Where to find help

Resource Hub

Drawing on its wealth of experience in the development of the gas industry and by collaborating with other relevant entities, the GasFields Commission provides communities and landholders with the information and support they need to make informed decisions and achieve good outcomes. This Resource Hub houses all of the Commission’s publications, reports, fact sheets, useful links etc.

If you cannot find the resources you are looking for, or want more information please contact us via email.

WHERE TO FIND HELP

The Department of Resources (Resources) Engagement and Compliance Unit (ECU) offers an integrated and coordinated approach to engagement relating to the entire resources sector and not just gas. The ECU engages across the resources sector, the broader community that host resource activity as well as undertaking compliance activities in relation to resource activities where required.

ECU staff are skilled in dispute resolution and land access issues and have contacts with other State Government staff such as groundwater experts. The unit coordinates responses to enquiries and complaints relating to all mineral, coal and petroleum (oil and gas) resource industries. The ECU also coordinates engagement and compliance activities.

Click for more information on how Resources work to ensure that Queensland’s land, vegetation and mineral resources are managed fairly and responsibly to support sustainable economic prosperity and just outcomes for everyone.

For more information on Resources’ approach to regulation and compliance, download the Department of Resources ‘Regulatory Strategy 2021-25’, or the Department of Resources ‘Compliance Plan 2021-22’.

Important IconIf you wish to lodge a complaint, or report a suspected incident regarding resource exploration or development activities in your area – contact the Resource Community Infoline via:

The Office of Groundwater Impact Assessment (OGIA) is an independent entity established under Chapter 3A the Water Act 2000. It is housed within the Department of Regional Development, Manufacturing and Water.

OGIA are primarily responsible for assessing and managing the impacts of groundwater extraction from resource operations (petroleum and gas, and mining) in cumulative management areas (CMAs). CMAs are declared where impacts from resource development may overlap. OGIA’s core functions are to:

  1. undertake evidence-based independent scientific assessment of cumulative groundwater impacts from resource operations;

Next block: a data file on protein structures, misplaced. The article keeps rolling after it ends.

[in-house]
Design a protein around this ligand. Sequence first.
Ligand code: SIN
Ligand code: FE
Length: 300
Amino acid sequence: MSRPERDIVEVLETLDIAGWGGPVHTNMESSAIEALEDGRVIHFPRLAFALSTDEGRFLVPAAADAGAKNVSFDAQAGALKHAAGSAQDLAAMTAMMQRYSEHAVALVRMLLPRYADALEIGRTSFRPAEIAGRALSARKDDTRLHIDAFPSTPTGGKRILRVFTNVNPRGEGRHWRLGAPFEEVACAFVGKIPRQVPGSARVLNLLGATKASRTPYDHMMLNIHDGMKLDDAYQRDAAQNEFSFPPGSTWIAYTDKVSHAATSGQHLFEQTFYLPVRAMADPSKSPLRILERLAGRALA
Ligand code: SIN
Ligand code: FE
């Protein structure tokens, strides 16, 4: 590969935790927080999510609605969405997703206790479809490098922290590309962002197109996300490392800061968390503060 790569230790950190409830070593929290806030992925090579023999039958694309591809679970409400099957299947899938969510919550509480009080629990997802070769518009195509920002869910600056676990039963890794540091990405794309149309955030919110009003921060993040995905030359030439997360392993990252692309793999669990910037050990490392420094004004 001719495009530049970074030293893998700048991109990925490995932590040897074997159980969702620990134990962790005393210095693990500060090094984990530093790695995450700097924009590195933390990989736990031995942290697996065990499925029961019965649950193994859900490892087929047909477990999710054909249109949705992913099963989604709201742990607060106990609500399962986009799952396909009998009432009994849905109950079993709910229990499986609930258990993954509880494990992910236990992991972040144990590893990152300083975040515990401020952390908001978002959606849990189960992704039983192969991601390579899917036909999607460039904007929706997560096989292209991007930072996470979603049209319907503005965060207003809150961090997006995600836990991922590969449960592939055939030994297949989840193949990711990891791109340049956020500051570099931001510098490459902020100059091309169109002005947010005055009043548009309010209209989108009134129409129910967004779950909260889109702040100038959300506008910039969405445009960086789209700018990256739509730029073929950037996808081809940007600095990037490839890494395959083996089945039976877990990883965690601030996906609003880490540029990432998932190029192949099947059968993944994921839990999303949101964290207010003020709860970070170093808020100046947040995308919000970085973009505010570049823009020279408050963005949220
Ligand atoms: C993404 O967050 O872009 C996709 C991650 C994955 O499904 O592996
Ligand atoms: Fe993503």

2. set management arrangements within CMAs; and
  3. assign statutory responsibilities to tenure holders for the implementation of management strategies within CMAs.

Currently there is one CMA in Queensland—the Surat CMA, which provides for ongoing assessment and management of cumulative impacts from petroleum and gas development. In addition, OGIA has two other functions:

  1. provide advice to state government agencies on matters relating to groundwater impacts from resource development
  2. maintain a database of information relating to groundwater impacts from resource development.

The cumulative impact assessment and management arrangements are set out in an underground water impact report (UWIR). The report is prepared every 3 years to accommodate new scientific research, monitoring, and changes in industry’s development plans. The current active report is the UWIR 2019 and a consultation draft of the UWIR 2021 has been released.

Download all of the Office of Groundwater Impact Assessment’s UWIRs (including summary reports, full reports, appendices, addenda and public notices).

Follow these links to view videos that give an overview of the Surat CMA, the Geology of the Surat CMA and the Groundwater impact mechanism from CSG development.

The Department of Environment and Science (DES) protects and manages the State’s environment and natural resources with a gas industry focus on groundwater, chemical usage and waste disposal.

Before resource companies start any work on any operation, they must meet the requirements of a stringent approvals process that may vary according to the nature of activities (e.g. exploration, development or production). DES offer a wide variety of services, including but not limited to:

  • Expert advice on ‘make good’ provisions of the Water Act 2000